From the equality of rights springs identity of our highest interests; you cannot subvert your neighbor's rights without striking a dangerous blow at your own. Carl Schurz

Sunday, November 27, 2011

Shame on us: 600,000 Canadian kids live in poverty

I wonder what happened to the pledge to eliminate child poverty by the year 2000? While the goal of eliminating child poverty was likely never achievable, it isn't unfair to expect that at least we could have made some significant gains to that end. Instead while the percentage of children living in poverty has decreased from 11.9 % in 1989 when Parliament passed the resolution pledging to eliminate child poverty by 2000, to 9.5 in 2009, the number of kids affected has risen and likely has even worsened since 2009 given the persistence of unemployment and the move to insecure low paying jobs.

Campaign 2000 in it's 20th annual Report Card on Child and Family Poverty in Canada paints a bleak picture of the state of child poverty in Canada. Some of it's key findings include:

One in 10 children still lives in poverty in Canada. It’s worse for children living in First Nations communities: 1 in 4 grow up in poverty.

Employment is not always an assured pathway out of poverty: 1 in 3 low-income children lives in families where at least one parent works full-time year round and 1 in 4 workers is in a low-wage job earning less than $13.32 per hour.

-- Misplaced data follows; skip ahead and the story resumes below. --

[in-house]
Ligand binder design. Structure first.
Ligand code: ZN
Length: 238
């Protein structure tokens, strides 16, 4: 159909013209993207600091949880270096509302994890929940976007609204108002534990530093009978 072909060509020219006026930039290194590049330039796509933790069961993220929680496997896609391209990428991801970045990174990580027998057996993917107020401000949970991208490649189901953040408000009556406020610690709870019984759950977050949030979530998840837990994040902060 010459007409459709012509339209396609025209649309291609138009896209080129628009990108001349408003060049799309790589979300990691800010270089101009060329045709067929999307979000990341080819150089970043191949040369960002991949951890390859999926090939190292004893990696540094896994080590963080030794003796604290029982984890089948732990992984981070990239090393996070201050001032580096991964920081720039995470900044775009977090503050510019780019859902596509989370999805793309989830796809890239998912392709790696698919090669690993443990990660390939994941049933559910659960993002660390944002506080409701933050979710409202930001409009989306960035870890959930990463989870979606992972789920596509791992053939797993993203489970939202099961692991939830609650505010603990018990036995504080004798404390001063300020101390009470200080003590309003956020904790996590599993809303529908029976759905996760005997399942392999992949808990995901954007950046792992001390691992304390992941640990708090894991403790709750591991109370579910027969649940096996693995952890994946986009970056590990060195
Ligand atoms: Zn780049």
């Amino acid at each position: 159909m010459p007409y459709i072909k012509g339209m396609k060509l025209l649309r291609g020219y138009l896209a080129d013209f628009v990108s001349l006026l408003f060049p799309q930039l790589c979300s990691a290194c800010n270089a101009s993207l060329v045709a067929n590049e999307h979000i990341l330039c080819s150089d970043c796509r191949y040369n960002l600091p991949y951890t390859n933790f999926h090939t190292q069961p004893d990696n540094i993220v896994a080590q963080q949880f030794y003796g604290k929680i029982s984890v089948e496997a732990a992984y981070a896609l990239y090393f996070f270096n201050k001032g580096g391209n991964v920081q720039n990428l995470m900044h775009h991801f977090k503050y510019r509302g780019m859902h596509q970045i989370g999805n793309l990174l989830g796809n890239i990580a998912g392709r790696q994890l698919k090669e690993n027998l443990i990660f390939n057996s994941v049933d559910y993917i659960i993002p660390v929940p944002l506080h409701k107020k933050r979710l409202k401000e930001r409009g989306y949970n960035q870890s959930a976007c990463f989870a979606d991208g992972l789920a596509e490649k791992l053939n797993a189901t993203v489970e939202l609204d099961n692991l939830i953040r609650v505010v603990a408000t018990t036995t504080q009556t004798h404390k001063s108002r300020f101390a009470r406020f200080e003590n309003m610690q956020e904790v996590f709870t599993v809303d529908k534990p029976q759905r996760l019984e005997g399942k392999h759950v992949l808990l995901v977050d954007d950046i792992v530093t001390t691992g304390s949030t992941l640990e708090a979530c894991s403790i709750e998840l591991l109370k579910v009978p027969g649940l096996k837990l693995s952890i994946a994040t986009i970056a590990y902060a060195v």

Public investments make a difference: without the income transfers in 2009, 1 in 4 children would have lived in poverty. Canada’s public programs brought the child poverty rate down to 14% (LICO Before-Tax).

 Although the rapid rise in the number of working mothers is one of the key social changes of the last century, Canada still has no societal response to the need for child care. Less than 1 in 5 children (0 -12 years) has access to a regulated child care space.

Housing is the single largest expense for low- and modest-income families. One in 4 households pays more than 30% of their income on housing. And 750,000 children (under 15 years) live in housing that is either unaffordable, substandard, overcrowded or all three.

Clearly we can and must do better, unfortunately with governments at all levels hellbent on instituting ruinous austerity measures and the continuance of corporate tax cuts the situation will only worsen and significantly so. All the more reason for us as citizens and caring human beings to rise up in opposition to this corporately driven agenda.

No comments:

Post a Comment